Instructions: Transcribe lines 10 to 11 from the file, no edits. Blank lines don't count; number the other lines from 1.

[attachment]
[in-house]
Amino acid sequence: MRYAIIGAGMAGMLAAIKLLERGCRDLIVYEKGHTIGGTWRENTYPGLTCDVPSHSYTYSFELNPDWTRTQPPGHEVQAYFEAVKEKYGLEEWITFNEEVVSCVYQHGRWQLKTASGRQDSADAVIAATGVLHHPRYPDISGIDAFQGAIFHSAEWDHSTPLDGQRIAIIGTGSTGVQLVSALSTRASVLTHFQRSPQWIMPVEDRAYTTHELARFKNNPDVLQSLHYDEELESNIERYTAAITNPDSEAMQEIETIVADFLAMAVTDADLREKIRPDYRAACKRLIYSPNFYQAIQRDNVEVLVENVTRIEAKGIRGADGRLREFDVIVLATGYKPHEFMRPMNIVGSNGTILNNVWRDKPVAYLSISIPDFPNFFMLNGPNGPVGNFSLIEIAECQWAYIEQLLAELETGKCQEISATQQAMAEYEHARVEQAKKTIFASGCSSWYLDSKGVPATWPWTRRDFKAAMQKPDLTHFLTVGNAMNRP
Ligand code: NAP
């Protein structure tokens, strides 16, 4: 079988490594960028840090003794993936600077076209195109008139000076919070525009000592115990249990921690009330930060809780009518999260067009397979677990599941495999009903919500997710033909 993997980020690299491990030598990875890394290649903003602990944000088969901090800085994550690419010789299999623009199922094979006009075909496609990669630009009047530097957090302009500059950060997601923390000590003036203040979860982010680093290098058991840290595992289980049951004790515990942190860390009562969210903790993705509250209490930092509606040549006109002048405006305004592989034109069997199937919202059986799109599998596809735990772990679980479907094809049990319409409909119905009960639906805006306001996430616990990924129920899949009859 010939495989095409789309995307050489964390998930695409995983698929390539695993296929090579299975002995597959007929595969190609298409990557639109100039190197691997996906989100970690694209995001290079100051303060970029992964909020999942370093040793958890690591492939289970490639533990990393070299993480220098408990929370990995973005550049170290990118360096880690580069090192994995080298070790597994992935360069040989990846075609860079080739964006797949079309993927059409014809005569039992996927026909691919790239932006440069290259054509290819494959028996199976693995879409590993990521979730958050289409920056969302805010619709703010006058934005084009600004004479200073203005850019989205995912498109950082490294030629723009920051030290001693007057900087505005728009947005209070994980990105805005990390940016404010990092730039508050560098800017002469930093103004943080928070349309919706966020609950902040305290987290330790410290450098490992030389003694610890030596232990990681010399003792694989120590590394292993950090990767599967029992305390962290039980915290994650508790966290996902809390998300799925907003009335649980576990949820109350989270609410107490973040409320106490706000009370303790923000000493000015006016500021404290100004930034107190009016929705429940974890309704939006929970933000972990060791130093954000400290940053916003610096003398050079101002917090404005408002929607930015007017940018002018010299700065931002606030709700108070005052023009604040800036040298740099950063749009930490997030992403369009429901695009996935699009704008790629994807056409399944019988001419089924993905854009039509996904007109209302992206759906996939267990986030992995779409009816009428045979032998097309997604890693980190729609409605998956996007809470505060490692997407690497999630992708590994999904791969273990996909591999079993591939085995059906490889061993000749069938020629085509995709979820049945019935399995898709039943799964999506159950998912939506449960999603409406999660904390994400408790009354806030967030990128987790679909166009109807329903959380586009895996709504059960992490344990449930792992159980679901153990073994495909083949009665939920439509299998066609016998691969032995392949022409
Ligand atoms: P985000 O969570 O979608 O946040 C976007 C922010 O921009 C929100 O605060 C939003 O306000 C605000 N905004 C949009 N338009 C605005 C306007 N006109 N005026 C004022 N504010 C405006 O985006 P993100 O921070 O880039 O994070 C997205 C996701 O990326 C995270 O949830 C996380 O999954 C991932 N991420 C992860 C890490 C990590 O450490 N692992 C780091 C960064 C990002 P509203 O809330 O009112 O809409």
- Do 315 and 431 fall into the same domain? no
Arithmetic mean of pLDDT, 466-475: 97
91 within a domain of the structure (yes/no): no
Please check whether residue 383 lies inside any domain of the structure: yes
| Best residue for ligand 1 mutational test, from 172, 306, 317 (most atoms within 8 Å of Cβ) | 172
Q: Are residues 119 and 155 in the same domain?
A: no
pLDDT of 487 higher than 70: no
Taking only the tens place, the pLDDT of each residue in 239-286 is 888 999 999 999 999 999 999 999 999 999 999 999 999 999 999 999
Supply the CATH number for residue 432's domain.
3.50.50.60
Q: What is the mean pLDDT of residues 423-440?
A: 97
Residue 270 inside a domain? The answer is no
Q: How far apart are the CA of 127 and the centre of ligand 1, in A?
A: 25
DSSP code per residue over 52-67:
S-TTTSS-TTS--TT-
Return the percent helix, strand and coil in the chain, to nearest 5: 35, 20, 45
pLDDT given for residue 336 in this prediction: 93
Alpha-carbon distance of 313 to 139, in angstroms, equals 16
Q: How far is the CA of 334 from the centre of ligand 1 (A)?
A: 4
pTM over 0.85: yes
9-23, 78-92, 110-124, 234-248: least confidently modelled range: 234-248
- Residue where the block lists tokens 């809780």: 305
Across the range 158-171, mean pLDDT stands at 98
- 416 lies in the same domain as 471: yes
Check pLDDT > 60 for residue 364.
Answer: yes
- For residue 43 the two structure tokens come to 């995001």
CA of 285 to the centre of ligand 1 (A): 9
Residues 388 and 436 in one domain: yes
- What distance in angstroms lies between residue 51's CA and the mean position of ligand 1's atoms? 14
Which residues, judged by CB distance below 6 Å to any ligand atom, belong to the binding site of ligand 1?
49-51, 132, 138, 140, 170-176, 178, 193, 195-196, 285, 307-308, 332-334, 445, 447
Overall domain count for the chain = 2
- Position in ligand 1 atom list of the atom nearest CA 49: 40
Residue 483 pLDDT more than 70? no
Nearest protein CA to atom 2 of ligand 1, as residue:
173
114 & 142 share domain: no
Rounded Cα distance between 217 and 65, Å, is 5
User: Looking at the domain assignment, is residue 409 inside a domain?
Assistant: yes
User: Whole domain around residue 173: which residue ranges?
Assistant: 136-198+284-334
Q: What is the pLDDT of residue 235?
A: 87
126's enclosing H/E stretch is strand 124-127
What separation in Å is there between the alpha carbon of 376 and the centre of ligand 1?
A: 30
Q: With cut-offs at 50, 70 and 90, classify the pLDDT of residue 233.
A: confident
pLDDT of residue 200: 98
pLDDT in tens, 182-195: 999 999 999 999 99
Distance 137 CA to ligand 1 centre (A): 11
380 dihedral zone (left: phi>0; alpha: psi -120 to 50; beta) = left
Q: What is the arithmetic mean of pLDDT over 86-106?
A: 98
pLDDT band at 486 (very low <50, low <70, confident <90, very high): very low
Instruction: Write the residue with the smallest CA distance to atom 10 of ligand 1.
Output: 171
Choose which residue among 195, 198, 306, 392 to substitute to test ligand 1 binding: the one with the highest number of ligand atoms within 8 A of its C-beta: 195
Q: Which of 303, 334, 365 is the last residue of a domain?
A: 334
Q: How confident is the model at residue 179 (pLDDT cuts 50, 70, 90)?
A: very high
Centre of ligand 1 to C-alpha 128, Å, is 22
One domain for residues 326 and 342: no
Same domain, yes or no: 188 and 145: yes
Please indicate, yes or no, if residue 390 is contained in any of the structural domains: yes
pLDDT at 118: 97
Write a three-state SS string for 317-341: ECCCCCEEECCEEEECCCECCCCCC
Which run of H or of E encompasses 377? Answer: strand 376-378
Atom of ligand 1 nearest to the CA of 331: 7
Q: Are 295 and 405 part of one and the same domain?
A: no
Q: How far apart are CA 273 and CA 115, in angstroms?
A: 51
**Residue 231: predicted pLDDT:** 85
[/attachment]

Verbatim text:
| Best residue for ligand 1 mutational test, from 172, 306, 317 (most atoms within 8 Å of Cβ) | 172
Q: Are residues 119 and 155 in the same domain?